Quick Tour

Alessandro Falappa edited this page Mar 9, 2018 · 2 revisions

Creating Spring Boot projects

Two new maven project wizards gets added to NetBeans. Click on the New Project... button (Ctrl + Shift + N) and select the Maven category, you'll find Spring Boot basic project and Spring Boot Initializr project.

The first one creates a simple project with a very basic Spring Boot setup, the second one is more advanced and interfaces with the Spring Initializr web service to generate a project based on a set of inputs.

Choose for example the Spring Boot Initializr project and click Next >.

Fill the parameters or accept the proposed defaults, the Name value will also be used to build the main class name, then click Next >.

Now you can choose the Spring Boot version and the starter dependencies you wish to use in the project. The chosen Spring Boot version enables/disables certain dependencies as indicated in the information tooltip on disabled dependencies. The Filter textfield can be used to narrow down the list.

Choose for example the Web, DevTools, Configuration Processor and H2 dependencies then click Next >.

Finally you can choose the project folder name and location on disk. Leave the last two checkbox selected for a better experience in NetBeans then click Finish.

At this point the Spring Initializr web service is queried and the resulting zip archive uncompressed in the chosen disk location, by default the maven wrapper bits contained in the project is removed (as the embedded NetBeans maven distribution is used instead) and a NetBeans configuration file is added at the project root (nbactions.xml file).

Persistence

To support the following steps create a Person entity class with a Long primary key type using the dedicated NetBeans file template wizard paying attention to not select the Create Persistence Unit checkbox. You could also create the entity by hand. A persistence unit is not necessary as created automatically by Spring Boot.

NBSpringBoot plugin adds several new file templates, for example now you can create a Spring Data repository: click on the New File... button (Ctrl + N), select the Spring Framework category, select the Repository Interface file type then click Next >.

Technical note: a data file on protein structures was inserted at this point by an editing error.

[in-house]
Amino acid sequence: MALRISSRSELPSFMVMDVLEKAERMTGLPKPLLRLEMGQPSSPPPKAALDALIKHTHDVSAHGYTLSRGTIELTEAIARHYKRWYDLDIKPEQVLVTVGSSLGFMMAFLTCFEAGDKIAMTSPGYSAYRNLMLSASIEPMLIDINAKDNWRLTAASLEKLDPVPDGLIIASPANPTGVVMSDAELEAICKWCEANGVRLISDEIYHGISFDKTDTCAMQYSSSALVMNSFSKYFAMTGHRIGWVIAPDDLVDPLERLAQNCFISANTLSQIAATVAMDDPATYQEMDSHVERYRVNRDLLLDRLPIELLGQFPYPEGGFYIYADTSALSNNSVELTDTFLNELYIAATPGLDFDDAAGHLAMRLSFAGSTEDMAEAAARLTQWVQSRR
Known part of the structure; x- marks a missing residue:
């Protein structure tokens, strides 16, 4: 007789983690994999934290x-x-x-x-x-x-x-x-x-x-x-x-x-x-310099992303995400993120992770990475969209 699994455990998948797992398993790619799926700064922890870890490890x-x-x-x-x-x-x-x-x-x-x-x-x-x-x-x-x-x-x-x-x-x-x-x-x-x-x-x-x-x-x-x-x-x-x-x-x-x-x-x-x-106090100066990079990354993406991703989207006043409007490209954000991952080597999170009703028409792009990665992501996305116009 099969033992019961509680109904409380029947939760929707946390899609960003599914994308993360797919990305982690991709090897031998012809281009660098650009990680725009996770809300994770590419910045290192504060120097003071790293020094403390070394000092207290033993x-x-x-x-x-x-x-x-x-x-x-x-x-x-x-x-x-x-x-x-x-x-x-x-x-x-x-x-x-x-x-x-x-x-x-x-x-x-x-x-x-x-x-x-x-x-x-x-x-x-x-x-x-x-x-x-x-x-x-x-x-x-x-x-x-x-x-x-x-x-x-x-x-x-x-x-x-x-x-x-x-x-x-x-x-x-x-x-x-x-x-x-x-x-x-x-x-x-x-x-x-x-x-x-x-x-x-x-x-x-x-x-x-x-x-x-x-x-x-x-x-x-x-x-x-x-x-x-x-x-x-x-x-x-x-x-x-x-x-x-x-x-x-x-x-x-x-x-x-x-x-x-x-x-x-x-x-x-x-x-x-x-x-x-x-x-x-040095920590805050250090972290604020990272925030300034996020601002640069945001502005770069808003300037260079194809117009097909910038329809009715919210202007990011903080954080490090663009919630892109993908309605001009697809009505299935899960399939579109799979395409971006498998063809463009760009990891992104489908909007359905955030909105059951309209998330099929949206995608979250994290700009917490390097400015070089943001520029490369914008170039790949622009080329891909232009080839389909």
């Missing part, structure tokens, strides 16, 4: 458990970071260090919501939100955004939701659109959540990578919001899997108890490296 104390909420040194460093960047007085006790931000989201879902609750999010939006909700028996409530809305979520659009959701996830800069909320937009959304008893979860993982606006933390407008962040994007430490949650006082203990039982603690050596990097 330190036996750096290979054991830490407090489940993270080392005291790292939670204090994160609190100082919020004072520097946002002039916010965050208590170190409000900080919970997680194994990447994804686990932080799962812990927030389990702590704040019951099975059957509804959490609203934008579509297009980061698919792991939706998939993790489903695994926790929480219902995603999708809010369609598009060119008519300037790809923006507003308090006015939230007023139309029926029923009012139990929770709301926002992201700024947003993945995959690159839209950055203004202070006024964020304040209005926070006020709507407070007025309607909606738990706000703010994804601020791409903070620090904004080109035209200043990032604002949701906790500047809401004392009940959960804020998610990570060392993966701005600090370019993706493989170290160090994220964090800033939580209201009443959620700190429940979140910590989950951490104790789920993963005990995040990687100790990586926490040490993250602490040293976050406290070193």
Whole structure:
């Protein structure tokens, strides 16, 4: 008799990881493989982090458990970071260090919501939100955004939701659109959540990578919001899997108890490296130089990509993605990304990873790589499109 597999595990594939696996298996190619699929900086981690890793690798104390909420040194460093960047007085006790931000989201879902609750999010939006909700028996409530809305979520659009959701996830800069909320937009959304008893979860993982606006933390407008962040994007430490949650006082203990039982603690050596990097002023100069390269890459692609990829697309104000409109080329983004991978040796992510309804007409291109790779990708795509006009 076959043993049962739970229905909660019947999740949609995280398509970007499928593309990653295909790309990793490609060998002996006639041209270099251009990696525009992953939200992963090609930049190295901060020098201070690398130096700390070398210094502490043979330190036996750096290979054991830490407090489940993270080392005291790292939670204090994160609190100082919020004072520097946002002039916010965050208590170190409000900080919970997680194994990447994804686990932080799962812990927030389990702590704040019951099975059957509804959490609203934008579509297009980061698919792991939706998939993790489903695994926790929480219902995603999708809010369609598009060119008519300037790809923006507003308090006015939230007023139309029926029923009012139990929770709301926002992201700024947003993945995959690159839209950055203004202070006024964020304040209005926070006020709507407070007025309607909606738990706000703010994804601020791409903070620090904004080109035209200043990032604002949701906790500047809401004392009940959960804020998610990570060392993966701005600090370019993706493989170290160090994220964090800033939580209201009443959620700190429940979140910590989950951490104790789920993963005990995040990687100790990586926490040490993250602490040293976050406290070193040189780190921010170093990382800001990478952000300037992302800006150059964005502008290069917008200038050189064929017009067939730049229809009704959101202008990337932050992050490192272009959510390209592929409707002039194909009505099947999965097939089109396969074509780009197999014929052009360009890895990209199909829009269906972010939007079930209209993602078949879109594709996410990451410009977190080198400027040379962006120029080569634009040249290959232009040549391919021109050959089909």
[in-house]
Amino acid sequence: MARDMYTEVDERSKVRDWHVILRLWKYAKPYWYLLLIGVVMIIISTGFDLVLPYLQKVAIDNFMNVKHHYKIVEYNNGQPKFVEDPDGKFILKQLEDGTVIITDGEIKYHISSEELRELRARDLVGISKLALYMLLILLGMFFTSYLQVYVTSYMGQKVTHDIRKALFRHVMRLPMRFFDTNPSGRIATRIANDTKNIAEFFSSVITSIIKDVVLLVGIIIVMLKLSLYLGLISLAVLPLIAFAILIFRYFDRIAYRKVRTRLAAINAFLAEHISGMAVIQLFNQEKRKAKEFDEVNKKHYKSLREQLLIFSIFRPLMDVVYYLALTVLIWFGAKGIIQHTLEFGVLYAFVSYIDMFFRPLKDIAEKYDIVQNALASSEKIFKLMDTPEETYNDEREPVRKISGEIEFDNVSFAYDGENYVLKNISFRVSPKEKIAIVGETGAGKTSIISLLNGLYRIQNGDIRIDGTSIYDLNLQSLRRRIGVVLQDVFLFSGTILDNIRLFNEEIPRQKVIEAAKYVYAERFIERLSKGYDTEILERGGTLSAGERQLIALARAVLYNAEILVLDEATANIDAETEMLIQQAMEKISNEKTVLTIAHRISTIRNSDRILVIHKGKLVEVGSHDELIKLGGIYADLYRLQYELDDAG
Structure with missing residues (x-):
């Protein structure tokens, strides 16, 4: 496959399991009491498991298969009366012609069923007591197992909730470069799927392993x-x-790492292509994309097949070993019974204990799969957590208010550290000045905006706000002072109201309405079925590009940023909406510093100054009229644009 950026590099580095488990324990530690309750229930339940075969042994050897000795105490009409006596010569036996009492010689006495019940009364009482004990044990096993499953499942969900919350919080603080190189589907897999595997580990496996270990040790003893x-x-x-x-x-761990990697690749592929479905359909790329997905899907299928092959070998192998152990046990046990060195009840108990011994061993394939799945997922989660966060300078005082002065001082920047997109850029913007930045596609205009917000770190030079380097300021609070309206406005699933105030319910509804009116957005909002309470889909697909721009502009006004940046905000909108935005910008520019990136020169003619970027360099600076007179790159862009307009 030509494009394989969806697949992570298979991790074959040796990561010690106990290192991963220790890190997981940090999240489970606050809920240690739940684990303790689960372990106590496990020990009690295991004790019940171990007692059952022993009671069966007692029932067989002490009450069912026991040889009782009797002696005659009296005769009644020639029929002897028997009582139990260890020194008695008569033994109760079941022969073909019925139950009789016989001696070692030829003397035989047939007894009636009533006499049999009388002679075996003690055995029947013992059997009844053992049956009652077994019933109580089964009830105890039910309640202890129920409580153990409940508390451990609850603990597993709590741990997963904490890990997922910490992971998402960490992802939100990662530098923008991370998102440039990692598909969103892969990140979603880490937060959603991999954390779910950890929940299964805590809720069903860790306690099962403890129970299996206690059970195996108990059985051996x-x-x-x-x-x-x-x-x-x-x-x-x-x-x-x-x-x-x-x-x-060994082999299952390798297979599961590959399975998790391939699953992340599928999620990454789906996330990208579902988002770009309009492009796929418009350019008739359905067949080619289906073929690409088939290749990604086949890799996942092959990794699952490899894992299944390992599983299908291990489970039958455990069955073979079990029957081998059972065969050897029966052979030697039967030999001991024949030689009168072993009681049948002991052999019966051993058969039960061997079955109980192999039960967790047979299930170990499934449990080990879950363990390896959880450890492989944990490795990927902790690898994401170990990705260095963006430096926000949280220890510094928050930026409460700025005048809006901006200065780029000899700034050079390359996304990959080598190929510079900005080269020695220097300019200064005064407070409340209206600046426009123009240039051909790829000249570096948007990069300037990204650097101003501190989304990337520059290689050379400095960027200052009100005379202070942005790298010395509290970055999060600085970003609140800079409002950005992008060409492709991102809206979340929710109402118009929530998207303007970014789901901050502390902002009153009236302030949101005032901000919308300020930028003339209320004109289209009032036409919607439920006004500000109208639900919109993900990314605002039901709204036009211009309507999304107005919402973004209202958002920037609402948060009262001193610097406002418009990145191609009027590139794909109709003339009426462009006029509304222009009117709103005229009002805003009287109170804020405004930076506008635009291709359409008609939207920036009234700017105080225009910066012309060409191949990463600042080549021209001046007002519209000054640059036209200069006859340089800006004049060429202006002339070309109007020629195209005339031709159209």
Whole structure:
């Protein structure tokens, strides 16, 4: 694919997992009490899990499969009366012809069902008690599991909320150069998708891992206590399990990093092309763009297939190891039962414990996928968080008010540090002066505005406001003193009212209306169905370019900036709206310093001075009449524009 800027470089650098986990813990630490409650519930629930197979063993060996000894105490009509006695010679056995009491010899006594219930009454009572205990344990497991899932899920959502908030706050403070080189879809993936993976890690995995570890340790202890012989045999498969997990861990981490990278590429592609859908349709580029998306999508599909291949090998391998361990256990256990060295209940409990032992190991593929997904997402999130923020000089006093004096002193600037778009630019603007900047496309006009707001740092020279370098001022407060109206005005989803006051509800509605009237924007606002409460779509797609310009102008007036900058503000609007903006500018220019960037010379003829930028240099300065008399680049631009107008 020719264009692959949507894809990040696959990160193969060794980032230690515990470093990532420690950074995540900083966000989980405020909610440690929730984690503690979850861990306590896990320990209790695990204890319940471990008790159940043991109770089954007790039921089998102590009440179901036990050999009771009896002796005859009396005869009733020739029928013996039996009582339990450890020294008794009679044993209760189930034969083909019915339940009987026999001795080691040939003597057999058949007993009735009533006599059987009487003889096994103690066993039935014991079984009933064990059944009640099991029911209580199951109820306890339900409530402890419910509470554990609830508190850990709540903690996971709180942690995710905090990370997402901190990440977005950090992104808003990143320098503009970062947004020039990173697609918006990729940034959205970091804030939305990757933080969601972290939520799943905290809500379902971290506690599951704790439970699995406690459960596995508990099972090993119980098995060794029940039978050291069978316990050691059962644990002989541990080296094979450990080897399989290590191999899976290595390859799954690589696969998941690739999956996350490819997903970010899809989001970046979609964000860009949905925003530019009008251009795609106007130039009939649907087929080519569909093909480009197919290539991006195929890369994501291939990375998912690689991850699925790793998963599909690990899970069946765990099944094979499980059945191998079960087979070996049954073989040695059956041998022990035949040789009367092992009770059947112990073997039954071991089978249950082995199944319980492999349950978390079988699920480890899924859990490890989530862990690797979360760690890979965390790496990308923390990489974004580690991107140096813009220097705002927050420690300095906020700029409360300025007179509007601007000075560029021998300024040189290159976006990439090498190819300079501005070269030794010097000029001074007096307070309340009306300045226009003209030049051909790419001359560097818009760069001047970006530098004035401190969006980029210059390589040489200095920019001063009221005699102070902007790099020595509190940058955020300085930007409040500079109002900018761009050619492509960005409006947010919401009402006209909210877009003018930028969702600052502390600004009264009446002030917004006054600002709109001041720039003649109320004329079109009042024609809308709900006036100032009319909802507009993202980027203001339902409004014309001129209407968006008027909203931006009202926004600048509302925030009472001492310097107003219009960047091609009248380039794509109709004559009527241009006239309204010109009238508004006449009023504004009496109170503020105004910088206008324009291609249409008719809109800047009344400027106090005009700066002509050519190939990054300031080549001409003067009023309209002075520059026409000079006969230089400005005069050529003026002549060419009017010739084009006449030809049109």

Name it PersonRepository, choose a Base Interface (for example CrudRepository) and fill in the Entity Class and Id Class appropriately based on the previously created Person entity then click Finish.

Configuration Properties

Spring Boot has a clever configuration externalization mechanism based on binding values to @ConfigurationProperties annotated POJOs (see the section on custom configuration properties below for details). There are several binding sources: command line arguments, environment variables and configuration files (in Java properties or YAML format). If the spring-configuration-processor dependency is added to the project, on every build an annotation processor scans the code base and gathers metadata on those annotated POJOs writing them out to a JSON file.

The NBSpringBoot plugins makes use of the configuration properties metadata and provides a specialized editor for Spring Boot configuration properties files (application.properties). That editor provides syntax highlighting, auto completion and error highlighting. Those facilities are also available for user defined configuration properties if the project has been built.

Open the application.properties file and add some configuration values modifying the server.port property (type port then press Ctrl + Space to invoke autocompletion) also type shsql then press Tab to expand the predefined code template into a property setting that enables SQL statements logging.

Deprecated configuration properties are shown with strike-trough red text and their replacement, if defined, is indicated in the documentation tooltip.

Project Properties